Computer chips are approaching the maximum possible density of transistors on a chip — at least in two dimensions. Now researchers at the University of Michigan have stacked a second layer of transistors on top of the first.

The researchers also believe that this process eliminates the need for a second chip to convert between high (peripherals) and low voltage signals (cores).

Moore's Law

Moore's Law states that the transistor density doubles about every two years. As silicon transistors have become smaller and smaller, their operating voltages have also become lower. But higher voltages would damage the tiny transistors. Therefore, the internal structures of modern CPUs are not directly compatible with the levels of the peripherals. However, with the help of 3D arrangements, it is possible to integrate transistors for different levels, because the second layer of transistors can handle higher voltages, thus enabling a more compact chip.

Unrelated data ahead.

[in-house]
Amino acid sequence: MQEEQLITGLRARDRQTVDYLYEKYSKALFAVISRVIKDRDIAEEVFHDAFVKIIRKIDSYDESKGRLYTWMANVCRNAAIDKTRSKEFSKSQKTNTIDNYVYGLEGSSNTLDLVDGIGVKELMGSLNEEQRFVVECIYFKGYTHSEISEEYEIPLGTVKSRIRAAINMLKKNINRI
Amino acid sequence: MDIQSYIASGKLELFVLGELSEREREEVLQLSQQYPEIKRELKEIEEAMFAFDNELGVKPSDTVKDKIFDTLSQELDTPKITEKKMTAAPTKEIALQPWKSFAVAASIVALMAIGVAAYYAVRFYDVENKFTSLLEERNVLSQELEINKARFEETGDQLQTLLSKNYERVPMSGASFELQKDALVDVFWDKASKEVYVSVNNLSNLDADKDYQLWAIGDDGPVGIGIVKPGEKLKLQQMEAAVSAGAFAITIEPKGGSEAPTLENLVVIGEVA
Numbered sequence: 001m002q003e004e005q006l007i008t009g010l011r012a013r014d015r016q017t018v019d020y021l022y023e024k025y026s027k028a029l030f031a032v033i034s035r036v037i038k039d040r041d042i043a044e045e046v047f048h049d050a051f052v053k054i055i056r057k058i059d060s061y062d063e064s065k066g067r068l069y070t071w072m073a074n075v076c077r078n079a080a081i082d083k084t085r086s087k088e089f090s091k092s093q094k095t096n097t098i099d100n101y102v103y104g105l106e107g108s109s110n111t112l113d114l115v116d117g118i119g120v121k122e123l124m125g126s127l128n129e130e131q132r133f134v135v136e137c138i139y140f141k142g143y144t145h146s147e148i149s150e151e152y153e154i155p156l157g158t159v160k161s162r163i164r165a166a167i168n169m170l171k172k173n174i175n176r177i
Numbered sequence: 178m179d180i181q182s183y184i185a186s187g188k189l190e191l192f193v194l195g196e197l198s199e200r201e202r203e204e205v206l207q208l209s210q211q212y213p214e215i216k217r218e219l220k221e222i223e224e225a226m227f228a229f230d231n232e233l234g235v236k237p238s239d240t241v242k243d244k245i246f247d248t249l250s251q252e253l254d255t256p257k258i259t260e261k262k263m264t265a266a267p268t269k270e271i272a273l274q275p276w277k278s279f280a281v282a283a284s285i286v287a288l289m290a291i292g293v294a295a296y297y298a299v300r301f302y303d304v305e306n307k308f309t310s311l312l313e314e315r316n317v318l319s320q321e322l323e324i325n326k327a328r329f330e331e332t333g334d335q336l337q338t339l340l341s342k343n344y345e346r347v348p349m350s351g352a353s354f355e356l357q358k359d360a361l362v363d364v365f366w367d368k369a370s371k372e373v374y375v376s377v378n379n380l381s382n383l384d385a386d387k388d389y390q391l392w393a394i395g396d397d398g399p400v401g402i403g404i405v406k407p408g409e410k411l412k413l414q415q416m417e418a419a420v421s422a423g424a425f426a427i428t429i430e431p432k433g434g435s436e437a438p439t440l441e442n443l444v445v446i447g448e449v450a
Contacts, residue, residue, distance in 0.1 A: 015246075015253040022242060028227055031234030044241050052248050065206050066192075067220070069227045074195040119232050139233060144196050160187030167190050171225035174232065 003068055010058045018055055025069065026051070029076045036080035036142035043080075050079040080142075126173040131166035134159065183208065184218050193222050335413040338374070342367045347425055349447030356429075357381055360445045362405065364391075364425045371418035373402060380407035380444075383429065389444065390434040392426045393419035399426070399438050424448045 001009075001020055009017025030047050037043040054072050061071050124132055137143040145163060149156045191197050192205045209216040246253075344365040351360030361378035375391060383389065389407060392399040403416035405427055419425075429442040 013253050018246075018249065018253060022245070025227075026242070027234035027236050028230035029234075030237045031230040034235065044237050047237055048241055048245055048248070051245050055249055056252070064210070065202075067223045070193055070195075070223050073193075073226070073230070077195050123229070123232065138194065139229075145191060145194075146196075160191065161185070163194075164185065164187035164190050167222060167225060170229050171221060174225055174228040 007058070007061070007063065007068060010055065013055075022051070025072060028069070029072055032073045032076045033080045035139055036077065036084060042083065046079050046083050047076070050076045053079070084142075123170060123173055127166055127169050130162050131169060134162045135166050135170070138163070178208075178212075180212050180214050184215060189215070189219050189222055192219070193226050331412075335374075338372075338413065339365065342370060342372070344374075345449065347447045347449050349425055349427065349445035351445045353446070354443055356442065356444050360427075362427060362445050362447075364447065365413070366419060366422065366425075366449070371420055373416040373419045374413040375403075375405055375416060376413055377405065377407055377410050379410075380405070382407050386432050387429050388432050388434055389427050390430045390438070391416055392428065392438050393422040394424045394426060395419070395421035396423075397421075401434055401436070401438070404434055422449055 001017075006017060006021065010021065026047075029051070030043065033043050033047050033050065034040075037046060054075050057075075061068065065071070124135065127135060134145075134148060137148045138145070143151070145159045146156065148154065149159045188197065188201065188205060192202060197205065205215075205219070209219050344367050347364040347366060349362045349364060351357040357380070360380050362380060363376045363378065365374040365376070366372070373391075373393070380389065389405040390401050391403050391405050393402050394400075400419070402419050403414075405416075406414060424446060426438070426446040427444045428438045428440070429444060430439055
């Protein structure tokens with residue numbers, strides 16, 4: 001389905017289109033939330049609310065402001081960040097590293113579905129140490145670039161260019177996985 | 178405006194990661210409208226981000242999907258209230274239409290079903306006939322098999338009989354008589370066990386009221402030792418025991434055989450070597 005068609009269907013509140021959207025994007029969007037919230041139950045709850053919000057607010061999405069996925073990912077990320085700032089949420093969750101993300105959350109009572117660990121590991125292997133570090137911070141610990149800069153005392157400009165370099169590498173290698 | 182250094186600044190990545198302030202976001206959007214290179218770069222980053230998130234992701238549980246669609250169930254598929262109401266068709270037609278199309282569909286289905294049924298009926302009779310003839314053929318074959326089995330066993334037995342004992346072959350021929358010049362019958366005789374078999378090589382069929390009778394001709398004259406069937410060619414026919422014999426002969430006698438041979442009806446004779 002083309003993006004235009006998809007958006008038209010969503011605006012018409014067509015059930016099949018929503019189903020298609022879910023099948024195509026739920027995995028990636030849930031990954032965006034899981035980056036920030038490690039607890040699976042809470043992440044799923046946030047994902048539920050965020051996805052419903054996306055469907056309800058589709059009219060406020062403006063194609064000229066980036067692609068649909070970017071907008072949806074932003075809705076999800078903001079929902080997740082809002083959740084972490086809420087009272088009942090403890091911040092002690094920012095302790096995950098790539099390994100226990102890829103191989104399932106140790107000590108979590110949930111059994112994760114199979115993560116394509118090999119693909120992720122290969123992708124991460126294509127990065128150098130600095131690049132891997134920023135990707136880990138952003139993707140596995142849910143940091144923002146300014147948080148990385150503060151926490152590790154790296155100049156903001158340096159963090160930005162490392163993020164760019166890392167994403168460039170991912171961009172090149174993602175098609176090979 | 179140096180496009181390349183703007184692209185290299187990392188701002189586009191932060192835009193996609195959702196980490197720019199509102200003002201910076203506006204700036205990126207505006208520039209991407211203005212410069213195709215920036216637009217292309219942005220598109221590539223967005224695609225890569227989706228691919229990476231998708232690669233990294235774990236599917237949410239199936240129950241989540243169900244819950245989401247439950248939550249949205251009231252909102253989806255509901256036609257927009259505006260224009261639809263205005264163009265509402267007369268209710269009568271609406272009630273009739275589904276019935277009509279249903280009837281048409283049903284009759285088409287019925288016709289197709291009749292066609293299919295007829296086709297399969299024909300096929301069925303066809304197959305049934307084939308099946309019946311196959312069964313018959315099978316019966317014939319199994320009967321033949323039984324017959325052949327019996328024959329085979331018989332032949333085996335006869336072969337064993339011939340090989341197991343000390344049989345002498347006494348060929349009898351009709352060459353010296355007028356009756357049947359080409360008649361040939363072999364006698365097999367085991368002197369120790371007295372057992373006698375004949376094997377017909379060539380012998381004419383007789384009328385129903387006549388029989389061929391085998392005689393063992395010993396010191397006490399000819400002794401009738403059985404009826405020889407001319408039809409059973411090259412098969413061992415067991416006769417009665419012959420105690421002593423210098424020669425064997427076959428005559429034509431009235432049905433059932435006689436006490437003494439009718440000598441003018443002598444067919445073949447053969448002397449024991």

The researchers used a different type of semiconductor for the second layer with amorphous metal oxide. To avoid damaging the lower silicon layer, it was wetted with a solution containing zinc and tin. A uniform covering layer was generated by centrifugal force. Then the chip was dried.

This was repeated until the zinc-tin layer had reached a thickness of about 75 nm. During a final drying process, the metals reacted with the oxygen in the air, and the result was a layer of zinc-tin oxide. This layer was used to make thin-film transistors that could tolerate higher voltages than the underlying silicon.

Zinc-tin-oxide semiconductors under the electron microscope - five grey layers.
Picture: Youngbae Son and Rose Anderson, Peterson Lab / UM.

Now the two layers had to be connected. For this purpose, vertical thin-film diodes and Schottky transistors were implemented in the zinc-tin-oxide layer. These components are used for level adjustment of the two layers. This process paves the way to ICs that are integrated higher than Moore's Law allows.